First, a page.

Monday, October 31, 2011
So There's More To Wine Than Pinot and Cabs...
To Be Filed Under Grapes You've Probably Never Heard Of... So a couple of posts ago I noted how I checked out a tasting seminar of the Vins du Sud Ouest (IVSO) (aka the wines of the South West of France). And along with learning about wine acronyms, I learned that there are a lot of grapes out there that I have never heard of. So for anyone looking to expand their wine vocab here are five varietals that are not Pinot Noir or Cabernet Sauvignon.
PS The Above photo from the appellation of Madiran (where the main grape varietal is the below mentioned Tannat).
Tannat is grown in the Basque country, most notably in the tiny appellation of Irouléguy, on the Spanish border. In 1870, Basque immigrants brought the grape to Uruguay, where it adapted perfectly to the local soil and climate. It has since become the national red grape variety of Uruguay, accounting for approximately one third of all wine produced in that country; more Tannat is grown in Uruguay than in the varietal’s native France. Tannat makes decidedly robust wines, with pronounced aromas of smoke and plum, significant tannins and a wonderfully spicy finish.
The Malbec has been grown in the valley of Cahors for more than 2000 years. It is the on the terroir of the Lot River that Malbec finds its optimal condition to give its maximum of potential. The varietal is an easy growing grape but is extremely sensitive to its natural environment: soil, microclimate, length of sunshine, microclimate, etc. Malbec is typically a medium to full-bodied red wine. Ripe fruit flavors of plums and blackberry give it a jammy characteristic. The tannins are rustically woody and earthy.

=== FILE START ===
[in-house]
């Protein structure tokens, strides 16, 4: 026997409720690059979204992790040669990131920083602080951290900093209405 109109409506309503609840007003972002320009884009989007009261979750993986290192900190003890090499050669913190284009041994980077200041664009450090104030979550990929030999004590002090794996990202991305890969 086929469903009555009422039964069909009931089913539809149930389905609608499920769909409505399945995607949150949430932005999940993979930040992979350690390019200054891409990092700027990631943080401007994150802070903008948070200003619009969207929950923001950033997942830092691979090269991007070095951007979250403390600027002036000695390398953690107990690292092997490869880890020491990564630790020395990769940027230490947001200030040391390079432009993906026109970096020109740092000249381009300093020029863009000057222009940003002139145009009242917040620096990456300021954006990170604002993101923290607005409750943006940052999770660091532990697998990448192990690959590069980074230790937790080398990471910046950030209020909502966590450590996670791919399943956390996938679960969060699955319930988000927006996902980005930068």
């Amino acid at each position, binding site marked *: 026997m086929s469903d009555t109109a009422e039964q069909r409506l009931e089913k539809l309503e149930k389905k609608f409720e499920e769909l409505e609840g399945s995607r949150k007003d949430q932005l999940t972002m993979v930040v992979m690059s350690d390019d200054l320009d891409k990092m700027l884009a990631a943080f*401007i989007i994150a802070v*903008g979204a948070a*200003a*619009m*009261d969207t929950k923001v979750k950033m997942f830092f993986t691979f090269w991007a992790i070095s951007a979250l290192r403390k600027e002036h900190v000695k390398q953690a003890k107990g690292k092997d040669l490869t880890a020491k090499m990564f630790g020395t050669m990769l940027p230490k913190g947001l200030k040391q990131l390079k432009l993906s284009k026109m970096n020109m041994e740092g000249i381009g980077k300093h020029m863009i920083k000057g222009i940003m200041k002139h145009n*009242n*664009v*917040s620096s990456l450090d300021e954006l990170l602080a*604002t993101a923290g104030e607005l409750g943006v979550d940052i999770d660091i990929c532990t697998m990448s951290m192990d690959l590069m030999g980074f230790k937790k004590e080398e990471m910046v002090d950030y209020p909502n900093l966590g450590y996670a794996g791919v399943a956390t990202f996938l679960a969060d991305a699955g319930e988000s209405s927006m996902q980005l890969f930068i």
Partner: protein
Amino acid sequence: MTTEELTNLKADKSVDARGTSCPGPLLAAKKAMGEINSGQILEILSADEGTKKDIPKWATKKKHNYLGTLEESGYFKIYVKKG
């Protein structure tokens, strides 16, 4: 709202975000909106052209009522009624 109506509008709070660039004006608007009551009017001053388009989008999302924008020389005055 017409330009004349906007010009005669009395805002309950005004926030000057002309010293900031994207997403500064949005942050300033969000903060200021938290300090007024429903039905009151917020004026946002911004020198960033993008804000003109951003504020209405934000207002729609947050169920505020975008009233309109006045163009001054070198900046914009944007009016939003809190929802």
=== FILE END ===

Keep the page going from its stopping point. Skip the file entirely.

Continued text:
First used to make Cognac although not as popular for that purpose as Ugni Blanc and Baco Blanc. The Colombard has a high natural acidity making it a good choice for blends. Prone to rot and powdery mildew, the Colombard was the most widely planted grape in California until the early 1990s where it was often used as a base for jug wines. It is also an important varietal in South Africa though decreasingly so and is now being grown in the hotter growing regions in Texas. If given the proper treatment, Colombard can produce crisp whites with citrus fruits (lime and grapefruit), along with green apple and grassy flavors with a soft minerality.
Négrette is a direct descendant of Mavro rootstock, a grape variety cultivated extensively on the island of Cyprus. It is said it was brought to France from the island by knights returning home from the Crusades. In California the vine is known as Pinot St-George. Négrette’s color ranges from deep plum to eggplant and it's flavors include rich plum, sour cherry, peony, violet and licorice.
Also called Fer Servadou, the name refers to the iron-hard woodiness of the vine. Braucol produces a wine high in color, full bodied and rustic. Flavor characteristics include blackcurrant, raspberry, crumpled leaves and red pepper.